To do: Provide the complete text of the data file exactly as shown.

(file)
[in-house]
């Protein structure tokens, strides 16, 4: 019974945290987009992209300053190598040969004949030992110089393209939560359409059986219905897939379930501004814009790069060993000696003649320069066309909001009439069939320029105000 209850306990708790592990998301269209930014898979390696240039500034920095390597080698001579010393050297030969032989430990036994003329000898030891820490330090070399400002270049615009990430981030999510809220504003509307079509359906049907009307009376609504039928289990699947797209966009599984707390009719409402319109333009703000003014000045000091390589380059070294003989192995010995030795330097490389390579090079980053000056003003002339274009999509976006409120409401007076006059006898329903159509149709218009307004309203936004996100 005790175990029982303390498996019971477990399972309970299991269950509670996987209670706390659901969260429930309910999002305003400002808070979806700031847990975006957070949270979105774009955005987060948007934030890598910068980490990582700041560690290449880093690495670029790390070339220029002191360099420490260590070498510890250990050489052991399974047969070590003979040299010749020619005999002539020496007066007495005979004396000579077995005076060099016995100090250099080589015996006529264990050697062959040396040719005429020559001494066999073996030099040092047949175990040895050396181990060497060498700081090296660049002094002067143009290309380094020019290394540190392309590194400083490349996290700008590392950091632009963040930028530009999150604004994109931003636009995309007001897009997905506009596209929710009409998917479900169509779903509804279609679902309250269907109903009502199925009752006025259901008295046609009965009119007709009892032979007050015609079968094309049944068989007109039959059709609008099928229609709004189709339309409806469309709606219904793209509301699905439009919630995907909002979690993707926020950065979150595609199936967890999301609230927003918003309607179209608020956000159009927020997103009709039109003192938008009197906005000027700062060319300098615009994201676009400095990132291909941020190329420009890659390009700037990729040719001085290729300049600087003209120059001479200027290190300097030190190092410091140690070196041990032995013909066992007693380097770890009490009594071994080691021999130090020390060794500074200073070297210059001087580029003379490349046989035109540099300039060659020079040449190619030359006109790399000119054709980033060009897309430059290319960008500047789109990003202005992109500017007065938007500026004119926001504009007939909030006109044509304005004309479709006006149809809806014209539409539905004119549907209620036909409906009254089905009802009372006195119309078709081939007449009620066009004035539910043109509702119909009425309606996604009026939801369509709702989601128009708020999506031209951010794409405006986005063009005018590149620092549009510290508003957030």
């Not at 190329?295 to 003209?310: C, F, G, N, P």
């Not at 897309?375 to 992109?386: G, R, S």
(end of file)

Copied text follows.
[in-house]
């Protein structure tokens, strides 16, 4: 019974945290987009992209300053190598040969004949030992110089393209939560359409059986219905897939379930501004814009790069060993000696003649320069066309909001009439069939320029105000 209850306990708790592990998301269209930014898979390696240039500034920095390597080698001579010393050297030969032989430990036994003329000898030891820490330090070399400002270049615009990430981030999510809220504003509307079509359906049907009307009376609504039928289990699947797209966009599984707390009719409402319109333009703000003014000045000091390589380059070294003989192995010995030795330097490389390579090079980053000056003003002339274009999509976006409120409401007076006059006898329903159509149709218009307004309203936004996100 005790175990029982303390498996019971477990399972309970299991269950509670996987209670706390659901969260429930309910999002305003400002808070979806700031847990975006957070949270979105774009955005987060948007934030890598910068980490990582700041560690290449880093690495670029790390070339220029002191360099420490260590070498510890250990050489052991399974047969070590003979040299010749020619005999002539020496007066007495005979004396000579077995005076060099016995100090250099080589015996006529264990050697062959040396040719005429020559001494066999073996030099040092047949175990040895050396181990060497060498700081090296660049002094002067143009290309380094020019290394540190392309590194400083490349996290700008590392950091632009963040930028530009999150604004994109931003636009995309007001897009997905506009596209929710009409998917479900169509779903509804279609679902309250269907109903009502199925009752006025259901008295046609009965009119007709009892032979007050015609079968094309049944068989007109039959059709609008099928229609709004189709339309409806469309709606219904793209509301699905439009919630995907909002979690993707926020950065979150595609199936967890999301609230927003918003309607179209608020956000159009927020997103009709039109003192938008009197906005000027700062060319300098615009994201676009400095990132291909941020190329420009890659390009700037990729040719001085290729300049600087003209120059001479200027290190300097030190190092410091140690070196041990032995013909066992007693380097770890009490009594071994080691021999130090020390060794500074200073070297210059001087580029003379490349046989035109540099300039060659020079040449190619030359006109790399000119054709980033060009897309430059290319960008500047789109990003202005992109500017007065938007500026004119926001504009007939909030006109044509304005004309479709006006149809809806014209539409539905004119549907209620036909409906009254089905009802009372006195119309078709081939007449009620066009004035539910043109509702119909009425309606996604009026939801369509709702989601128009708020999506031209951010794409405006986005063009005018590149620092549009510290508003957030």
């Not at 190329?295 to 003209?310: C, F, G, N, P």
């Not at 897309?375 to 992109?386: G, R, S």